We didn't get rain for a couple of weeks there in April. But when we woke up one Sunday morning, the ground was wet and it was obvious it had rained a little the night before. I walked past the rain barrel on the way to church but resisted checking it until I got home.
I opened the first barrel: full.
Opened the second barrel: full.
Whatever rain we had gotten that night had completely filled both barrels, about 60 gallons' worth.
Rainy Days and Math Days
The standard equation is that 1 inch of rain on a 1000 square foot roof will be about 600 gallons. Our roof is about 480 square feet, so we can collect about 288 gallons per inch of rain. That's a lot of water! Obviously, the limiting factor here won't be how much there is to catch. The problem is how much can we store and use?
So I looked at what we could realistically get out of our rain barrel. First, you toss the winter months out, because you can't use a rain barrel in winter where it freezes...the ice will kill it. We get about 28.78 inches from April to October, or about 4.11 inches per month. Assuming you collect all of that that's 1184 gallons per month or 8288 gallons total.
That's the capacity anyway. Realistically, you'll never collect that much because you'd have to have tanks to store it. What's actually going to happen is that you'll collect the first 60 gallons and then the rest is overflow. If you then have a dry period, you'll gradually use your 60 gallons until it rains again and, hopefully, replenishes your supply.
Let's use this April as a model. April 1st we had .36 inches, which is easily enough to fill our 60 gallons. We had plenty more rain all that week, but we wouldn't have had any more room to store it, so none of that really counts. Plus as long as it was raining, we wouldn't need to water the plants anyway. The week of the 6-12 was quite a bit dryer. Here we could have gotten some good use out of the rain barrel, and the .13 inches on the 12th would have topped us off somewhat. Then, 2 weeks of 0 precipitation--a dry spell. Here's where the rain barrel would have gotten some serious use. I'm not sure, at this point, if the 60 gallons would have lasted all this time. I think so, but I'll have to see as I use my barrel more in our garden. At any rate, the very last weekend of the month was a soaker, with about 2 inches of rain.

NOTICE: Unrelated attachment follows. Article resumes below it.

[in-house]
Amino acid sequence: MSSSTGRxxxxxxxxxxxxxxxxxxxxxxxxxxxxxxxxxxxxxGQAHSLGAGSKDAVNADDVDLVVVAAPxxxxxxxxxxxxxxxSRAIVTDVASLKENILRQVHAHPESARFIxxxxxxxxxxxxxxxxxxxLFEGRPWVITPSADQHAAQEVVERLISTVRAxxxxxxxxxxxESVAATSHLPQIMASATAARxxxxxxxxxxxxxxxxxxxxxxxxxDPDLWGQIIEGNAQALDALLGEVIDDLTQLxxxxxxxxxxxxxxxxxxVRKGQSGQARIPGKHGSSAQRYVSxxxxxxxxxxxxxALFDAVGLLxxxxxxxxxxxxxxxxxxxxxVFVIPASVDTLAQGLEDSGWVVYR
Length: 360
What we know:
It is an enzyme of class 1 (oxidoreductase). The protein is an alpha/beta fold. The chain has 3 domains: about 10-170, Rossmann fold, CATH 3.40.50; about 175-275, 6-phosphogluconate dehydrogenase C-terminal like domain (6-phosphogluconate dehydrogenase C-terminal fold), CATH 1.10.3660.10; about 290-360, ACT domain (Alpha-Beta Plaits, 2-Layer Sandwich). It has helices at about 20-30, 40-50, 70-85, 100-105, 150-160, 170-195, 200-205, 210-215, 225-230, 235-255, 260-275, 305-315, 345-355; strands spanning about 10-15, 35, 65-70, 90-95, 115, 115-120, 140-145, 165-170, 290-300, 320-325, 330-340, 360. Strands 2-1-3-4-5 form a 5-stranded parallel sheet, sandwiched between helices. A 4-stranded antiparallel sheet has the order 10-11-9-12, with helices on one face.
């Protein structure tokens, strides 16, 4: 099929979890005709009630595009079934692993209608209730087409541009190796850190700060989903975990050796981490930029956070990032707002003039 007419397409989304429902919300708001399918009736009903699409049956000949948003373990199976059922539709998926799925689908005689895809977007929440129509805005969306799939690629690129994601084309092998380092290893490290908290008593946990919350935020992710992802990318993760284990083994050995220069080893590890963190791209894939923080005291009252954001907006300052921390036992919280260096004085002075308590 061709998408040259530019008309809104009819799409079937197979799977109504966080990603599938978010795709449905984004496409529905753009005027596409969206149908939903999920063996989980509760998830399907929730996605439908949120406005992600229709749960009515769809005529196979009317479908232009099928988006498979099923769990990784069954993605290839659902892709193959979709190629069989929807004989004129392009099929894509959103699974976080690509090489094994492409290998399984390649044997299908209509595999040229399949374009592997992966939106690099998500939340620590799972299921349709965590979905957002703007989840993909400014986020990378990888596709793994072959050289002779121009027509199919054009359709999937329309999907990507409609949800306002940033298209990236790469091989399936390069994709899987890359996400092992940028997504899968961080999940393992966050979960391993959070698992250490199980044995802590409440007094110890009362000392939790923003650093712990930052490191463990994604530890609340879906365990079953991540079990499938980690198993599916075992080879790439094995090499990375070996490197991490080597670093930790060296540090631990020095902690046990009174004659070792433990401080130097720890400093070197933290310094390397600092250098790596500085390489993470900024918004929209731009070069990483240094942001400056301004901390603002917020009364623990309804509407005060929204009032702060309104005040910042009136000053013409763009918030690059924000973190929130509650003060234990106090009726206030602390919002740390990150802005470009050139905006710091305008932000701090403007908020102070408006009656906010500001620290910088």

A Little About Rainbarrels Saving Money
The sobering thing about all this for me is that you really have to use a lot of rain water to save money, at least where we live. I looked at our water bill and calculated that water was costing us .36 cents a gallon. Note the decimal point--that's not thirty-six cents, but 1/3 of a cent! Municipal water is extremely cheap here. The 60 gallons in my rainbarrel now would cost me 22 cents from the spicket. Not a heck of a lot. Assuming about two refills a month from April to October inclusive, that's a little over $3.00 saved a year. At that rate, it would take me about 13 years to recoup my rain barrel investment!
I could add barrels to collect even more, but I'd have to factor in that expense. Plus, how many gallons can I realistically use in a season? It reaches a point eventually where I just can't use the water anymore. The long and short of it is, using rainbarrels for a small garden in this particular area is not a great way to save lots of money. It might be more feasible if municipal water is very expensive where you live and if you get enough rain to add up to considerable savings.